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The 10 Countries with the Most Guns in Private Hands

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This is from OutDoorHub.

I was surprised by some of the countries on the list.

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Somebody should probably tell this man about trigger discipline. Image from Yann on the Wikimedia Commons

Every wonder which countries have the most firepower in private hands? This article lists off those nations. Unlike most lists that cover this subject, ours will be based on total amount of privately-owned firearms rather than guns per capita.

Data is taken from Small Arms Survey.

Honorable mentions that didn’t make the top 10 include Sweden, Switzerland, Norway, Serbia, and Finland.

10. Canada

  • Estimated private firearms: 9,950,000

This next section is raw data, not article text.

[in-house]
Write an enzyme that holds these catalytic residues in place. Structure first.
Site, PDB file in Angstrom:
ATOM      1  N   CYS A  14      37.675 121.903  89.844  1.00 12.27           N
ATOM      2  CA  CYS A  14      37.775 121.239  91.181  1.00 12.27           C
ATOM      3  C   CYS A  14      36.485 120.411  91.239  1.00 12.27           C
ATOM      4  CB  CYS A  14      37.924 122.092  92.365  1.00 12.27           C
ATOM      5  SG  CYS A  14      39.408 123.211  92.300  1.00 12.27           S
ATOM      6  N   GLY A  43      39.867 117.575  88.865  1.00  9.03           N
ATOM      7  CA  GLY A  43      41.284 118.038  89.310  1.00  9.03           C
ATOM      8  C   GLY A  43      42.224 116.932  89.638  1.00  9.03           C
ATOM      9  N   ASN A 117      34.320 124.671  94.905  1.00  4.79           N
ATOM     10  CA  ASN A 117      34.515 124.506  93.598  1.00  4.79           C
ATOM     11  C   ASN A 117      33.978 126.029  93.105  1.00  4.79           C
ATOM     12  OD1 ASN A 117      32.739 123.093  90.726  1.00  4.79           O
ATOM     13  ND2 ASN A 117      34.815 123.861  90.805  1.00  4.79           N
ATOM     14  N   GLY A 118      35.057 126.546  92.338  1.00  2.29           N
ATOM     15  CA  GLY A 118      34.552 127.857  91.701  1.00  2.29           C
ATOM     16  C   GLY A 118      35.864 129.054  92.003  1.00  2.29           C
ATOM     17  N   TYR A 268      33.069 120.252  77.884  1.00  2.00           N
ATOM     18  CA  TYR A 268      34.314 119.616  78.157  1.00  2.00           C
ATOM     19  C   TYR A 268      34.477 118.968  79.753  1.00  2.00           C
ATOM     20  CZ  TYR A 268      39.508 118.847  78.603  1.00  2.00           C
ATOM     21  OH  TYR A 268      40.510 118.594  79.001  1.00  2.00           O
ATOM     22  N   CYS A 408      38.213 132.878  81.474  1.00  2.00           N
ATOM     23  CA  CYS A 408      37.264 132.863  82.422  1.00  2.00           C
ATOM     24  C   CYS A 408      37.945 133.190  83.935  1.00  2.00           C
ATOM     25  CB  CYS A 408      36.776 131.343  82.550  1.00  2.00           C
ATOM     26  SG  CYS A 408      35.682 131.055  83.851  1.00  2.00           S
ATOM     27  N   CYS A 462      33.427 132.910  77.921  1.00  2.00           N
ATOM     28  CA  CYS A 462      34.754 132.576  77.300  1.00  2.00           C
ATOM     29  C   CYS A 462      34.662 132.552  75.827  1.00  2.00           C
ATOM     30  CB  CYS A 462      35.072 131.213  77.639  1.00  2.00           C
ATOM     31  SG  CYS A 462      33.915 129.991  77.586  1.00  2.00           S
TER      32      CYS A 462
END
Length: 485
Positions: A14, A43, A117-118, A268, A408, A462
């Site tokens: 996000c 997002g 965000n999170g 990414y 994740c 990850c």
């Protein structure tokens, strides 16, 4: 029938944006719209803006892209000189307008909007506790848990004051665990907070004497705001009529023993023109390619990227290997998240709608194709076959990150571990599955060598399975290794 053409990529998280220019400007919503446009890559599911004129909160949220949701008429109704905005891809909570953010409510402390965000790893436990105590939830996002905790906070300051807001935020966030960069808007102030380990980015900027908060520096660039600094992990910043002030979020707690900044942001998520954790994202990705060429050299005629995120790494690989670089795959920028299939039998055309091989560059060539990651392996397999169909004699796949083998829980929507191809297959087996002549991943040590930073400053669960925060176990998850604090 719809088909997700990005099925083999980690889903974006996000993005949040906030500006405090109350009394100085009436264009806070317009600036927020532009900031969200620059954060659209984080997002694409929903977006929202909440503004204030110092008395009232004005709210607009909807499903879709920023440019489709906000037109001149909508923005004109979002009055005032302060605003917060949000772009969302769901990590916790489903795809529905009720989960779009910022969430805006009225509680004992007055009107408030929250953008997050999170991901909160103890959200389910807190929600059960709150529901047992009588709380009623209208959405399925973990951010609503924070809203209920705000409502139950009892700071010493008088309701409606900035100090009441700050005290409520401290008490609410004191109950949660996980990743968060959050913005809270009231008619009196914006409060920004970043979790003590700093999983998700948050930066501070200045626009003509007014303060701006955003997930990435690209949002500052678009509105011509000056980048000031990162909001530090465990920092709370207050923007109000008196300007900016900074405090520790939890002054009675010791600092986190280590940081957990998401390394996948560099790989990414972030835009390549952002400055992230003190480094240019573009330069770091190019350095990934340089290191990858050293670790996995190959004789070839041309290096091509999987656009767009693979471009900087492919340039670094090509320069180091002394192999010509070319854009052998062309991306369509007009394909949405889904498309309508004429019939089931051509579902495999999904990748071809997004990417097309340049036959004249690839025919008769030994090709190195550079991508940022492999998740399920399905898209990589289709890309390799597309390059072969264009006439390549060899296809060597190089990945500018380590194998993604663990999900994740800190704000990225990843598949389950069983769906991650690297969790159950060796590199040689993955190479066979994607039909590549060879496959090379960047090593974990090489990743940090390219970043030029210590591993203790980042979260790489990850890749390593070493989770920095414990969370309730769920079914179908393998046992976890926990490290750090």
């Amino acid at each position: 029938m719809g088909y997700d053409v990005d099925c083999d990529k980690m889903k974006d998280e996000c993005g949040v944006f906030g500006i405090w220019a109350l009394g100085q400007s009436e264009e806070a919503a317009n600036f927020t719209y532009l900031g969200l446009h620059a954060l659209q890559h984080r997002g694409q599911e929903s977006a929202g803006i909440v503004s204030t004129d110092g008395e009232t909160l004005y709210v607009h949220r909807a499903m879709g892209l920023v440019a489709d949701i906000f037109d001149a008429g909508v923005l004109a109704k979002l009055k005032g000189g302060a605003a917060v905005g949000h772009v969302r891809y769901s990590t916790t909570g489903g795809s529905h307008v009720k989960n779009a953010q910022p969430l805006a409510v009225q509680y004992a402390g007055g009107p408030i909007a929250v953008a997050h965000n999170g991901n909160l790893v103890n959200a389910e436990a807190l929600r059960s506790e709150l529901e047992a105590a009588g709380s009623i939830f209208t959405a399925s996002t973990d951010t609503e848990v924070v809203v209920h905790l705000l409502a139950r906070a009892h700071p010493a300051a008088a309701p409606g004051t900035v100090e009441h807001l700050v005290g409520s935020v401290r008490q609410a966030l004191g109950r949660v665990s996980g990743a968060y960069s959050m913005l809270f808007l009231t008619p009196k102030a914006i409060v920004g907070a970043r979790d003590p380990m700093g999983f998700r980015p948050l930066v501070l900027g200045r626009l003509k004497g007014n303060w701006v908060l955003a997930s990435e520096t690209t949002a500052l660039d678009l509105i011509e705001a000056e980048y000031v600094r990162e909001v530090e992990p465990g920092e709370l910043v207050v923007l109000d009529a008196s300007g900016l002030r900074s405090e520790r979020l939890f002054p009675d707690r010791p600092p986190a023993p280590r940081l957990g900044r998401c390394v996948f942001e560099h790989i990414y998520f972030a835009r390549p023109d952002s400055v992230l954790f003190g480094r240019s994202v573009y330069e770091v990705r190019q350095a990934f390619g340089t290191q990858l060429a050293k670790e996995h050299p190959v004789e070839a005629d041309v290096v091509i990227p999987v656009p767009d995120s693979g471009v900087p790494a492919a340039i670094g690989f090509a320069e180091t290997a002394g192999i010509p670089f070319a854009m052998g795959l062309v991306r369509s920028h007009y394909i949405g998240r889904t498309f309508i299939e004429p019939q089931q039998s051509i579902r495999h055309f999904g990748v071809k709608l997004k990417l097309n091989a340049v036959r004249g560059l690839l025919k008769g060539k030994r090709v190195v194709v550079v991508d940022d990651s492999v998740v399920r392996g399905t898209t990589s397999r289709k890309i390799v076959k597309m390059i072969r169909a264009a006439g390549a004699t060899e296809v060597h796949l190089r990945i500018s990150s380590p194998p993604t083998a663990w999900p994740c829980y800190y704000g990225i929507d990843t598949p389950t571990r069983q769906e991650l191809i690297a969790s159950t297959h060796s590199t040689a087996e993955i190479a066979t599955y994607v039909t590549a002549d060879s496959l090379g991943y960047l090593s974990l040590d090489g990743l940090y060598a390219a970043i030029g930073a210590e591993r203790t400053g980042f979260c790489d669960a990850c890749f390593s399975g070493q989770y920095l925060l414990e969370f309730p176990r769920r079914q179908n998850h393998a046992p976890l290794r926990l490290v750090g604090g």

• 31 guns per 100 residents

We expected Canada to be a lot higher on this list but the True North barely squeezed by into the top 10. Canada does have a long and rich history of gun ownership, and experts say that more and more young people are getting involved in shooting sports. However, a lengthy and complicated process to purchase firearms dissuades many from buying their own.

Check out our list of guns that are available in Canada but not the United States here.

9. Thailand

  • Estimated private firearms: 10,000,000
  • 16 guns per 100 residents

On a single road in Bangkok, over 80 gun shops fight and jostle for customers to enter their shops or check their stalls. This is indicative of the reverent gun culture in Thailand—one that is a match for the United States. Actually purchasing a firearm is still a long and demanding process, but that does not stop residents from being armed. Firearms are much more expensive in Thailand than in the States, and the same brand-name guns that are widely available elsewhere can cost up to five times higher in the Asian nation. This is due to the fact that there are few gun manufacturers in Thailand and most weapons are imported. Most of the guns there are American or Chinese-made.